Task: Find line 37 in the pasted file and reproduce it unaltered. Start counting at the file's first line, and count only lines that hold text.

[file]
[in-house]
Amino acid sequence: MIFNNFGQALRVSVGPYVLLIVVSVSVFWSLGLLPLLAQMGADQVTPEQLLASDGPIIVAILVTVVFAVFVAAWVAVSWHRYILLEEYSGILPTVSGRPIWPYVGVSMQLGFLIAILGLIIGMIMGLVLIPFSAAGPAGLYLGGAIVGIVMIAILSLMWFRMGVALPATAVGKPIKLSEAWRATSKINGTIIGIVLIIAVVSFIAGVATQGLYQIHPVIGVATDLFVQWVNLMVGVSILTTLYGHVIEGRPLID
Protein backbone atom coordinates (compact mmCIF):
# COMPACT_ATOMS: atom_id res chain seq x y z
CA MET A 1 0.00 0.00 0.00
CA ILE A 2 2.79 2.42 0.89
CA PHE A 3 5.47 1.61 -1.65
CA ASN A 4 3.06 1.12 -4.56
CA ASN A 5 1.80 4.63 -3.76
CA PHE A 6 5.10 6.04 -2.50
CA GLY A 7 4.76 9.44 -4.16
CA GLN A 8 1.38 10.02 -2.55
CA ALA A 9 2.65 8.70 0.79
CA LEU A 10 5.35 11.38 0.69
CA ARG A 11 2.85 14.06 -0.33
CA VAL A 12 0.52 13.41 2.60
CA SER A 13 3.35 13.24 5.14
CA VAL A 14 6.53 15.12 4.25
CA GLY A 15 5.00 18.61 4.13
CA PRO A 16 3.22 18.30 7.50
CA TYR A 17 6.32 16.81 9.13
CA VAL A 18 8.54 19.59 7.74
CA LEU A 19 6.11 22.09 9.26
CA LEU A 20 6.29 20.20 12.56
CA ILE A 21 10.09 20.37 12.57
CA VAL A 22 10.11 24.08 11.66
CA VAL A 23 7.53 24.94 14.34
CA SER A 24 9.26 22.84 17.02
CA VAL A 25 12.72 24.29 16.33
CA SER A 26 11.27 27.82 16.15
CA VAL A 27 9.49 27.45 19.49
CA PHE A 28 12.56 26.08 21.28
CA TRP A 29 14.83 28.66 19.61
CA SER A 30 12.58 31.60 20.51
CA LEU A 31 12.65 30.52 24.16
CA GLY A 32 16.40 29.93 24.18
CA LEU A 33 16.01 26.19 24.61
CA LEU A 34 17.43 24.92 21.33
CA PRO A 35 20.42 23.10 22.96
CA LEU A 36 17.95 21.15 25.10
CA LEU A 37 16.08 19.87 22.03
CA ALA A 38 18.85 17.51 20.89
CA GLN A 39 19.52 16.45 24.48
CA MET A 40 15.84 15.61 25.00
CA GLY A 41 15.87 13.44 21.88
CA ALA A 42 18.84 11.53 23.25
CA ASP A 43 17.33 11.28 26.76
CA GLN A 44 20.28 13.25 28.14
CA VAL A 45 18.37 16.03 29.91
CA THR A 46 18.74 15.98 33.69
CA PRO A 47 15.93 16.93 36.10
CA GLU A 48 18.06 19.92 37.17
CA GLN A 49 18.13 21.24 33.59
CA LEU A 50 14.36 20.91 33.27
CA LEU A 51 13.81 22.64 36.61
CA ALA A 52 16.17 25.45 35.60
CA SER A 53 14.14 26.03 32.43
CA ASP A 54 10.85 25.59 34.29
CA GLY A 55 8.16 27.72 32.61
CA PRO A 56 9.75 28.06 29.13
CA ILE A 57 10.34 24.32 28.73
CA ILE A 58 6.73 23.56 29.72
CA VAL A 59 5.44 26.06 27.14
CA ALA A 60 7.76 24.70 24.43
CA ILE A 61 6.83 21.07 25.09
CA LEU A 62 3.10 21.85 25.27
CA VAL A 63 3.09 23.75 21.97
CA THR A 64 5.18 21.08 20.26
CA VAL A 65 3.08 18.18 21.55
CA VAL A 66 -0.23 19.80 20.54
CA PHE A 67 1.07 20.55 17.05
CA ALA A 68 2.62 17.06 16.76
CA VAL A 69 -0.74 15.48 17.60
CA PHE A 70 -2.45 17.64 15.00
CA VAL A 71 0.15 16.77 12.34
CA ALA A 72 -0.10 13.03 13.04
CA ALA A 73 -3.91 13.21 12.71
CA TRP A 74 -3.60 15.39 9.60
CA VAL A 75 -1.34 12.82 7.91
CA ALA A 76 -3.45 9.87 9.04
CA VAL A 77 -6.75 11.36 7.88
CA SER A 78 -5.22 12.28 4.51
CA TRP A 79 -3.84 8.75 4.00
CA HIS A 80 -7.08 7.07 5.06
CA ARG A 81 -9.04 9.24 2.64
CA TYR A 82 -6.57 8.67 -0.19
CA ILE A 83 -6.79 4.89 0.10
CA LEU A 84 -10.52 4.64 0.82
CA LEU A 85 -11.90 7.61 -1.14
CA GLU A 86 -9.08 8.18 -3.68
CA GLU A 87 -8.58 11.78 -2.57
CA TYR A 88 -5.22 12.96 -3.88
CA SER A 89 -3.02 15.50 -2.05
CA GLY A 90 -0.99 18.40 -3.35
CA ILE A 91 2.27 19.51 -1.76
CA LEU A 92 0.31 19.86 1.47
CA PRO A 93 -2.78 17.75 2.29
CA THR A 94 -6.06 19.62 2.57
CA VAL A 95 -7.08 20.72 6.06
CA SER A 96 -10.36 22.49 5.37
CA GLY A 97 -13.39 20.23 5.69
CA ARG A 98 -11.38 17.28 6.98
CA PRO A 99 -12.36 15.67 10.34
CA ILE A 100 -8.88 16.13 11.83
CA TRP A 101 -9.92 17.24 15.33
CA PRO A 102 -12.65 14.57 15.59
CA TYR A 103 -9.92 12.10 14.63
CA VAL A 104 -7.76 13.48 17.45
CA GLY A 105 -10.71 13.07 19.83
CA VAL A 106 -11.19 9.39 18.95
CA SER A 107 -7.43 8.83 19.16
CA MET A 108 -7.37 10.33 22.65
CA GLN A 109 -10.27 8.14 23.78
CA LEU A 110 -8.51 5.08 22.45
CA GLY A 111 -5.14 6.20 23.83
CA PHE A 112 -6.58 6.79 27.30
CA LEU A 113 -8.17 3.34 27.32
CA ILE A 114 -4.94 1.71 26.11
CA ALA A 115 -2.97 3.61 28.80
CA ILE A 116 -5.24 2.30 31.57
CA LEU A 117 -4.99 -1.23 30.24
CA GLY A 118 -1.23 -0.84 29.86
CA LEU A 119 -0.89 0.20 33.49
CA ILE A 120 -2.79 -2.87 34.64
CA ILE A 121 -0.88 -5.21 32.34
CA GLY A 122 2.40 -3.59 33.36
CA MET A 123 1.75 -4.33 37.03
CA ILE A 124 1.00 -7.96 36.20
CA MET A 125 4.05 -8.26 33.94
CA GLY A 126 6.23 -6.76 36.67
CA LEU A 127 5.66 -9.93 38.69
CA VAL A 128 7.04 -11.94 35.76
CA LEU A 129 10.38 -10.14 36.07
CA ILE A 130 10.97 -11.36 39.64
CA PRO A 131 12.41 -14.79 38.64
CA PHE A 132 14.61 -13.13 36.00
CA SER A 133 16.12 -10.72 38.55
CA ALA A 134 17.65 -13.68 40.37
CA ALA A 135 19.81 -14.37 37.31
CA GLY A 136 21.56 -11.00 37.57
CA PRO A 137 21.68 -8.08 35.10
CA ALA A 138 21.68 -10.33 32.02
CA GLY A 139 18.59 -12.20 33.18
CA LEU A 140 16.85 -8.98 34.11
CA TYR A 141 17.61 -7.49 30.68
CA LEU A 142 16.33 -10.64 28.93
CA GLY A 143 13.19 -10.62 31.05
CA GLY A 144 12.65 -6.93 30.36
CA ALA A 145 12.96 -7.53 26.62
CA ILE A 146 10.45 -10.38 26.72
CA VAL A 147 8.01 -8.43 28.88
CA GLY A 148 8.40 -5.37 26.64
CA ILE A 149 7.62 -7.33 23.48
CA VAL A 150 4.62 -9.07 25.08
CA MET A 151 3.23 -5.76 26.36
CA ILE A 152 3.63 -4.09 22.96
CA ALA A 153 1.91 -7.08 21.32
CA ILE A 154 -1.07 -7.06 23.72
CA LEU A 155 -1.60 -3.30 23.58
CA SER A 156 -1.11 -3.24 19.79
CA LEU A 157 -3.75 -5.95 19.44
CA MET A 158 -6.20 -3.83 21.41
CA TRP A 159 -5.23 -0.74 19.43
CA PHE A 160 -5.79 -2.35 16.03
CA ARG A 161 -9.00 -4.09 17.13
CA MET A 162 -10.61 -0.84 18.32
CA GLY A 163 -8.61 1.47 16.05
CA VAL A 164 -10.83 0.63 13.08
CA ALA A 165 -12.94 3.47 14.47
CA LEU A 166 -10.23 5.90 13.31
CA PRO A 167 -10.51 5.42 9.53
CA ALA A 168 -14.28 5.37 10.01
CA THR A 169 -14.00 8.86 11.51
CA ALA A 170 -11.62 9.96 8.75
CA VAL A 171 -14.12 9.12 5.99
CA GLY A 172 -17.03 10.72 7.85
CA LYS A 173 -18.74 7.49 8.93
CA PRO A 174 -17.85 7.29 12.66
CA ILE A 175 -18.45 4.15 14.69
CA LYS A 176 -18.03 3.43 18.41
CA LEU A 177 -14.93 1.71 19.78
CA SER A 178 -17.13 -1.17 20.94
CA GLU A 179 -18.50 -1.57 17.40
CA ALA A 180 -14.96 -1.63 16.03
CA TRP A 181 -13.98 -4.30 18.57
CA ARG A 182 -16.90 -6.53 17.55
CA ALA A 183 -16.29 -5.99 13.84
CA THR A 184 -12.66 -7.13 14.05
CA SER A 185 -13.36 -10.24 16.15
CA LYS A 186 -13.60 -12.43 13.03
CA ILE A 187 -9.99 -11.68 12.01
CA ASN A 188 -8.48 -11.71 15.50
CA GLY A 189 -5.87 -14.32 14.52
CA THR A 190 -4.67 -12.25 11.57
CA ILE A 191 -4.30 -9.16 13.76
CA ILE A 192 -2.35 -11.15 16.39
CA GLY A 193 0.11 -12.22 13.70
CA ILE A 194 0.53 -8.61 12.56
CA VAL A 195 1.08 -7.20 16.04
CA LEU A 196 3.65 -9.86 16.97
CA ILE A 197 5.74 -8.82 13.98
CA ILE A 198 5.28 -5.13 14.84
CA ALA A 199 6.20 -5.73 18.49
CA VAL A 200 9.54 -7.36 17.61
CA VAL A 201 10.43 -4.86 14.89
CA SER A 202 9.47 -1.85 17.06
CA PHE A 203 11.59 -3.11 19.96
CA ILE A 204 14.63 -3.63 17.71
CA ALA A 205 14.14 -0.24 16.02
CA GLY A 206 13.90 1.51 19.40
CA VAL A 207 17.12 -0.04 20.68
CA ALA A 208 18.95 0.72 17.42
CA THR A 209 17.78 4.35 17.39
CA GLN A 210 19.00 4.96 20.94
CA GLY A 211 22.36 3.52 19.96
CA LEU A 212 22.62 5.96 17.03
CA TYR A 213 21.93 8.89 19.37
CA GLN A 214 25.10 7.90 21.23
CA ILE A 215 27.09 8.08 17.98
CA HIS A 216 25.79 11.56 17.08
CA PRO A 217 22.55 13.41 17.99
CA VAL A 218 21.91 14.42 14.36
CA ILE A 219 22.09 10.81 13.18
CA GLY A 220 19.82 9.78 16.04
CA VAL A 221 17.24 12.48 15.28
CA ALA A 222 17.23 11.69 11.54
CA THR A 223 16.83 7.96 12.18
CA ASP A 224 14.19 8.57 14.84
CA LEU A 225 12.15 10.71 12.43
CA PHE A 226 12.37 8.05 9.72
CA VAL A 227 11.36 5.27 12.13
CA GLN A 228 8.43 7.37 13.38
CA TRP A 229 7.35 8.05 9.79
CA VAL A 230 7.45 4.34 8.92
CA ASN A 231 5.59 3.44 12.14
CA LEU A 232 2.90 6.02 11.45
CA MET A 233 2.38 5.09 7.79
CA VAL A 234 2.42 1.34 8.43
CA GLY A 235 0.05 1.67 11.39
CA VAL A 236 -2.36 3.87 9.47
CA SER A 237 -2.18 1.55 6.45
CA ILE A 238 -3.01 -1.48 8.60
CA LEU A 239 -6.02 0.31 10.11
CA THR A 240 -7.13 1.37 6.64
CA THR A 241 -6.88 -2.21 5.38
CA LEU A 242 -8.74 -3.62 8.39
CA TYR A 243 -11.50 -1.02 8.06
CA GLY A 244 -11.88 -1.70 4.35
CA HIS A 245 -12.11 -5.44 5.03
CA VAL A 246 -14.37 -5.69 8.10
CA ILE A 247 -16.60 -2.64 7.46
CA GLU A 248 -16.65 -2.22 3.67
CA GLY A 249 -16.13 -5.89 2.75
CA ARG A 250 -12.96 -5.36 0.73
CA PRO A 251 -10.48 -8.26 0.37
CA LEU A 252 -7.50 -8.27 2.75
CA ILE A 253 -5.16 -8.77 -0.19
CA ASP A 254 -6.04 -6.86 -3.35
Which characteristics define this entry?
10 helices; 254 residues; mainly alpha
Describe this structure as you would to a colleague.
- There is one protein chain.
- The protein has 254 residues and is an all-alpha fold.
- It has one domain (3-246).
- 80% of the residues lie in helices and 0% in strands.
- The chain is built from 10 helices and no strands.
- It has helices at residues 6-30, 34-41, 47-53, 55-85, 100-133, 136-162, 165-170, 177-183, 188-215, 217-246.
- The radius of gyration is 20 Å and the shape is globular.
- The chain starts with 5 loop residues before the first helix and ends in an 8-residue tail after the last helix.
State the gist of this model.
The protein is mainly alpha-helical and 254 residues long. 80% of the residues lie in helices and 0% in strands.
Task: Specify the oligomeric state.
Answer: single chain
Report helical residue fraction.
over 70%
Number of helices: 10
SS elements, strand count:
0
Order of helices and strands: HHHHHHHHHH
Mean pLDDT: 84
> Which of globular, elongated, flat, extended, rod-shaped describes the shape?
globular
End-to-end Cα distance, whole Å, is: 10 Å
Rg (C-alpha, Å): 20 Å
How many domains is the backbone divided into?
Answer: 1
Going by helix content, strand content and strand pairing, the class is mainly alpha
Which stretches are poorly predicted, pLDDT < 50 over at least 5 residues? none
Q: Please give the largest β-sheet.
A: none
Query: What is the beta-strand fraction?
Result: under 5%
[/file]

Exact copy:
CA LEU A 33 16.01 26.19 24.61